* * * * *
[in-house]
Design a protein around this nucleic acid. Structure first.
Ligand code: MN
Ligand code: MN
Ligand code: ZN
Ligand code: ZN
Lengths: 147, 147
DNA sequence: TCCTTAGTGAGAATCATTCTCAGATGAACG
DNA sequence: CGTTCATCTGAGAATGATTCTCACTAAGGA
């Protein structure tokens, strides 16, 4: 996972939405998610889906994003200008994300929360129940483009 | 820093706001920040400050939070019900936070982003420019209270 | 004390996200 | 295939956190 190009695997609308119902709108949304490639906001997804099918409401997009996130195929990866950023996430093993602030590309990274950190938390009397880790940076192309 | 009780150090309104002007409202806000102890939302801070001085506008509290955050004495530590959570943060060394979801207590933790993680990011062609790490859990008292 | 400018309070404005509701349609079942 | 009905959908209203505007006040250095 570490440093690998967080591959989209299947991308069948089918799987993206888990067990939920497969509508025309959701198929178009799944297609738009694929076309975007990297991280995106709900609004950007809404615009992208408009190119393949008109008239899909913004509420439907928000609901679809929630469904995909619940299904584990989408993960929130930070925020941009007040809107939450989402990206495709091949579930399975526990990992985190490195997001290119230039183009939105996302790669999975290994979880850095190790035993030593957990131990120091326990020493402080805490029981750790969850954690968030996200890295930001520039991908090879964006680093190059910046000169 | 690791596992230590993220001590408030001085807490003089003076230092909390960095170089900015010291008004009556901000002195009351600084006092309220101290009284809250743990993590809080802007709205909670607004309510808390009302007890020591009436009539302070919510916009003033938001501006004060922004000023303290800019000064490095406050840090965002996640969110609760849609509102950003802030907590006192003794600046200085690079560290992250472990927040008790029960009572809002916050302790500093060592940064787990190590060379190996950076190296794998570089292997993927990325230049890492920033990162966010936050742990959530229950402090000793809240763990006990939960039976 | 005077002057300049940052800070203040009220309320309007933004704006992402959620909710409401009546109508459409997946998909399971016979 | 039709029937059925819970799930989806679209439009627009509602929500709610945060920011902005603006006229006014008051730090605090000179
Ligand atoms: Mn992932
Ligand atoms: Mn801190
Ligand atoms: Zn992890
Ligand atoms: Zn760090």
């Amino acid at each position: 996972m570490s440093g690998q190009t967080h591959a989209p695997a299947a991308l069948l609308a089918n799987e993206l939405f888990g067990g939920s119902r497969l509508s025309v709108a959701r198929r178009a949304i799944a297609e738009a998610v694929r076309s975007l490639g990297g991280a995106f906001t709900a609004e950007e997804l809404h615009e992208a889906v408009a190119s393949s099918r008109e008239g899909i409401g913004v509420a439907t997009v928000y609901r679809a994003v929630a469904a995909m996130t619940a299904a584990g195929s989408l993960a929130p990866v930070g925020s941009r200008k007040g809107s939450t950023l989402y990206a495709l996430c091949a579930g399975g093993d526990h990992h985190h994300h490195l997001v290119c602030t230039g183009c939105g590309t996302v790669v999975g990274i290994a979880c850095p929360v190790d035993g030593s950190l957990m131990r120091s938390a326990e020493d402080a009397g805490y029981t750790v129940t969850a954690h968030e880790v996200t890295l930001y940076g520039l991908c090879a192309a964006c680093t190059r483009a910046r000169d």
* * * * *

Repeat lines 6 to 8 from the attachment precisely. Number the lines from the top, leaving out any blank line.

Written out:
Ligand code: ZN
Lengths: 147, 147
DNA sequence: TCCTTAGTGAGAATCATTCTCAGATGAACG